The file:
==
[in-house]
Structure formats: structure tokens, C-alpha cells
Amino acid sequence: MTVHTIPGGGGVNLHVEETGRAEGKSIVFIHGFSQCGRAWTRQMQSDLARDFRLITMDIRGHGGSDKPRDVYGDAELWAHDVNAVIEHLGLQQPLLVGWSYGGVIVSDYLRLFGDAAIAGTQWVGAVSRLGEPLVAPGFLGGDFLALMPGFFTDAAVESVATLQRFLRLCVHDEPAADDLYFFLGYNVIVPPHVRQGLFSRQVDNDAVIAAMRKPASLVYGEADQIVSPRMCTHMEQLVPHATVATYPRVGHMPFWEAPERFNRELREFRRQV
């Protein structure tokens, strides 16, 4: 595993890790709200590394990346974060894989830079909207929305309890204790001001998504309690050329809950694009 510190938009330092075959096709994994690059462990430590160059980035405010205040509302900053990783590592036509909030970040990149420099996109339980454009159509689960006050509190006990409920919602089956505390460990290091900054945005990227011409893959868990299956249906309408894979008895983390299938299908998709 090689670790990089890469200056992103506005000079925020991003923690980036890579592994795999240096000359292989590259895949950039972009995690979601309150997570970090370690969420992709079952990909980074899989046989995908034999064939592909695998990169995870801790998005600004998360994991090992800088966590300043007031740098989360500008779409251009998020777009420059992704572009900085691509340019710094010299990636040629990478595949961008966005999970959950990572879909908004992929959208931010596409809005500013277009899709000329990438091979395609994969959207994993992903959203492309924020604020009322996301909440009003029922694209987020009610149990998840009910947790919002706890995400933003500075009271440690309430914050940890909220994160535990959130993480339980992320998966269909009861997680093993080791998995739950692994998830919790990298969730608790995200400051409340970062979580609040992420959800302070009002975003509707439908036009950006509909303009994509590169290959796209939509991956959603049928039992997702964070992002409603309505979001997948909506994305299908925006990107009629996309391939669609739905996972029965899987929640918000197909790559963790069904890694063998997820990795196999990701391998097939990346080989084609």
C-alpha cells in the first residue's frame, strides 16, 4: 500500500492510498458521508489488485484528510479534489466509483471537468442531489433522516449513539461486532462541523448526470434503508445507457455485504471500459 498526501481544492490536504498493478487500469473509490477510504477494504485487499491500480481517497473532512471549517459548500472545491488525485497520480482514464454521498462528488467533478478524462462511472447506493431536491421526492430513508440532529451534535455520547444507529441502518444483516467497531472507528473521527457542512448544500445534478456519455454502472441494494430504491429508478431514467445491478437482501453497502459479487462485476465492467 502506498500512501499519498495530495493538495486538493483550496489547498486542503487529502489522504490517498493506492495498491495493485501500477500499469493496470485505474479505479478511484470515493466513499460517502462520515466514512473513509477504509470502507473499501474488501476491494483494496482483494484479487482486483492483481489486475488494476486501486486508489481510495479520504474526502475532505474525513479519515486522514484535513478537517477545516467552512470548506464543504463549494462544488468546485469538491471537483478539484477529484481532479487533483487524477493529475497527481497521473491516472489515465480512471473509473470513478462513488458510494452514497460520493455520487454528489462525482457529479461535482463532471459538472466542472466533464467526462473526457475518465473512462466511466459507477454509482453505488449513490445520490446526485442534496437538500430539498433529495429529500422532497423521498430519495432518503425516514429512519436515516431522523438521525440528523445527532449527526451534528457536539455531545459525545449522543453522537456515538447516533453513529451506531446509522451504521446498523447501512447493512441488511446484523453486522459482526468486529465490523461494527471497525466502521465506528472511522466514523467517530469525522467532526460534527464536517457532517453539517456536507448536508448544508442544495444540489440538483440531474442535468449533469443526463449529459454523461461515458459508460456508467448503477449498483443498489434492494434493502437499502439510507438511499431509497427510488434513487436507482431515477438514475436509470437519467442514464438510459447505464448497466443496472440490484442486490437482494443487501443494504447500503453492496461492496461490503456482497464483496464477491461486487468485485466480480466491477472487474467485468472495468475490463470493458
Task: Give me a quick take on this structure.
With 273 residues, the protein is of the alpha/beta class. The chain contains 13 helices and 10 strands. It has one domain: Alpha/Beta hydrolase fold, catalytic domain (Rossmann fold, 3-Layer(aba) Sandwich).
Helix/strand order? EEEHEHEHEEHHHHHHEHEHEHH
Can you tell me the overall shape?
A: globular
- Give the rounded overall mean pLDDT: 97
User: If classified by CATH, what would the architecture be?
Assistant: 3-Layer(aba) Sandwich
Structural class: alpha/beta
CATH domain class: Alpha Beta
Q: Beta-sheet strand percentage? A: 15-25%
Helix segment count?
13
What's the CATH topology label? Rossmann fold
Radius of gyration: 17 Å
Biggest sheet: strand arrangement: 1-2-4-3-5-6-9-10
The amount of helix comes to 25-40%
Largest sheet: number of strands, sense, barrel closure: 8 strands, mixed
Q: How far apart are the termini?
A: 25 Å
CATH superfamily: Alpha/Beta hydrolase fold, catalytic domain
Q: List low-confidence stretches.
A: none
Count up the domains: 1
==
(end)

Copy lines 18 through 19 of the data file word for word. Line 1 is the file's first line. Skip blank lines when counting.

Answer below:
13
What's the CATH topology label? Rossmann fold